How to Make Clocks From Slab Wood

Homemade Wood Slab Clock image by Pamela Gardapee

Overview

Making clocks from slab wood allows you to be as creative as you want. You can use any shape of wood to make a clock. The clocks may be given as gifts or used in any room of the house. If you have an interesting piece of wood and do not know what to do with it, make a clock and set it one a table stand or hang it from the wall.

Step 1

Use a slab of wood at least 1/2 inch thick. You can make a shape out of any type wood. For a rustic look, cut a 1/2-inch slab from a tree trunk.

Step 2

Use the belt sander with the 50-grit sand paper to rough sand the wood slab. Switch to the 80 grit to give a medium sand and use the 120 to give the wood slab a smooth finish.

Step 3

Find and mark the center of the wood slab. This is where you will drill the hole for the clock mechanism to come through from the back. Use a drill with a drill bit the size of the center pole of the clock to make a hole on the mark.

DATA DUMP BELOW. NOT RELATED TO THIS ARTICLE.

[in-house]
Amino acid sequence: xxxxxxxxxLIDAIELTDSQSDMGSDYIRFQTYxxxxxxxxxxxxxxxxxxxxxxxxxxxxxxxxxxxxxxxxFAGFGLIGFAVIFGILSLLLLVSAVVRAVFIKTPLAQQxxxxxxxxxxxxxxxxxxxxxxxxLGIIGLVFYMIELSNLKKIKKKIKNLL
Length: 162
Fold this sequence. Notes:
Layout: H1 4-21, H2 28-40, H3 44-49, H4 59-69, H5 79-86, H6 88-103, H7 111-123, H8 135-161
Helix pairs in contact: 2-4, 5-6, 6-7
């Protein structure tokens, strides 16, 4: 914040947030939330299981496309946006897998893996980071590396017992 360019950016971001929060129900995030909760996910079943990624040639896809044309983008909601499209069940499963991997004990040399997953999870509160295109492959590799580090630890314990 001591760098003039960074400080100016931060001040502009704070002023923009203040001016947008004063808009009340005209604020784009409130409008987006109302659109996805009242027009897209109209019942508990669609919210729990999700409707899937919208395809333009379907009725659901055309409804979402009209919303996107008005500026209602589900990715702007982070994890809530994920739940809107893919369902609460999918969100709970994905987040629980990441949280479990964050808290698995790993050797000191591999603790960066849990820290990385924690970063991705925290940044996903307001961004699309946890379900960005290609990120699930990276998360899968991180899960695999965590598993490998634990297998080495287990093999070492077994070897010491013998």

Step 4

Insert the clock mechanism from the back so that the pole is showing on the front side of the slab. Attach the square nut to secure the mechanism in place. Add the long and short hands to the center pole and fasten with the nut supplied in the kit.

Step 5

Make marks on the wood slab where the numbers for the clock will go.

Step 6

Use a rag to remove any dusk on the front side of the wood slab. Use the glue supplied in the clock kit to attach the numbers. Place a dab of glue on each number and place it where it should go.

Step 7

Place the battery in the clock and set the hands.

Things You'll Need

  • Wood slab
  • Sand paper (50-grit, 80-grit and 120-grit)
  • Clock mechanism kit
  • Belt sander
  • Drill and drill bit

References

  • Wood Slab Clock
Keywords: make a clock from wood slab, wood clock, making a clock from wood slabs

About this Author

Pamela Gardapee is a writer with more than seven years writing Web content. Being functional in finances, home projects and computers has allowed Gardapee to give her readers valuable information. Gardapee studied accounting, computers and writing before offering her tax, computer and writing services to others.

Photo by: Pamela Gardapee

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